Background: Common treatments used for severe psoriasis include psoralen and ultraviolet A radiation (PUVA), methotrexate, ultraviolet B (UVB), and tar. These therapies are often used for prolonged periods and may be carcinogenic.
Methods: For more than 13 years, the authors have prospectively determined the incidence of skin cancer and use of treatments for psoriasis in a 1380 patient cohort originally enrolled in a therapeutic trial of PUVA at 16 university centers.
Results: Squamous cell carcinoma (SCC) developed in more than one fourth of patients exposed to high doses of PUVA. In this group, the standard morbidity ratio for these tumors was 83 (95% confidence interval [CI], 72-96) compared with the expected number of these tumors in the general population. High-level exposure to methotrexate is a significant independent risk factor for developing SCC (relative risk, 2.1 for high versus low or no exposure; 95% CI, 1.4-2.8). Metastatic disease developed in seven patients with SCC. No significant increase in the risk of SCC was associated with long term exposure to UVB or topical tar, and no substantial increase in the risk of basal cell carcinoma was noted in association with prolonged use of any of these treatments.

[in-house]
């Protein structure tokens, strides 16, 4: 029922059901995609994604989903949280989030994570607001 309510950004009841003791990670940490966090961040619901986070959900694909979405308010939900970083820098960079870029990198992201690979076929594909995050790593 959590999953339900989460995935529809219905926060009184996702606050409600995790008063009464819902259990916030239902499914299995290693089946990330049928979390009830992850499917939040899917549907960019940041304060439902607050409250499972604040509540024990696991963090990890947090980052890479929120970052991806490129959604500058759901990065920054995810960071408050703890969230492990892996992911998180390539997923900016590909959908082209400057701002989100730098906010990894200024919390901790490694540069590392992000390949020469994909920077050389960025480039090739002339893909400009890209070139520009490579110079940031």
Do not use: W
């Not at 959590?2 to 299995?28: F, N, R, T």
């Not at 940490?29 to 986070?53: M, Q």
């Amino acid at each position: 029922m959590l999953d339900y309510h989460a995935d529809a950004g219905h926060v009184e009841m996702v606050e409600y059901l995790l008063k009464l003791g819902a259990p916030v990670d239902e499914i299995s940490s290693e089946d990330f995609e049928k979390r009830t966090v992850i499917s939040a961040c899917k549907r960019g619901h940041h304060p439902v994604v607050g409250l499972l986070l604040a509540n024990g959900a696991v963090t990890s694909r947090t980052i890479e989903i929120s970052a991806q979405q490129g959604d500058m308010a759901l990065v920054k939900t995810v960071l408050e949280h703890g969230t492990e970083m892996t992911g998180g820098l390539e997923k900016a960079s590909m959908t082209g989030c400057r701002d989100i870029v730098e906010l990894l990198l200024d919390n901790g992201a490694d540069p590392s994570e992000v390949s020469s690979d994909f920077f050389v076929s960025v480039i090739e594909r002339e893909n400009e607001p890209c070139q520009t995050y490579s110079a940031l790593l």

Conclusions: Long term exposure to PUVA and methotrexate significantly increases the risk of SCC in patients with psoriasis. This risk should be considered in selection of treatment. The ultimate morbidity of these tumors is undetermined.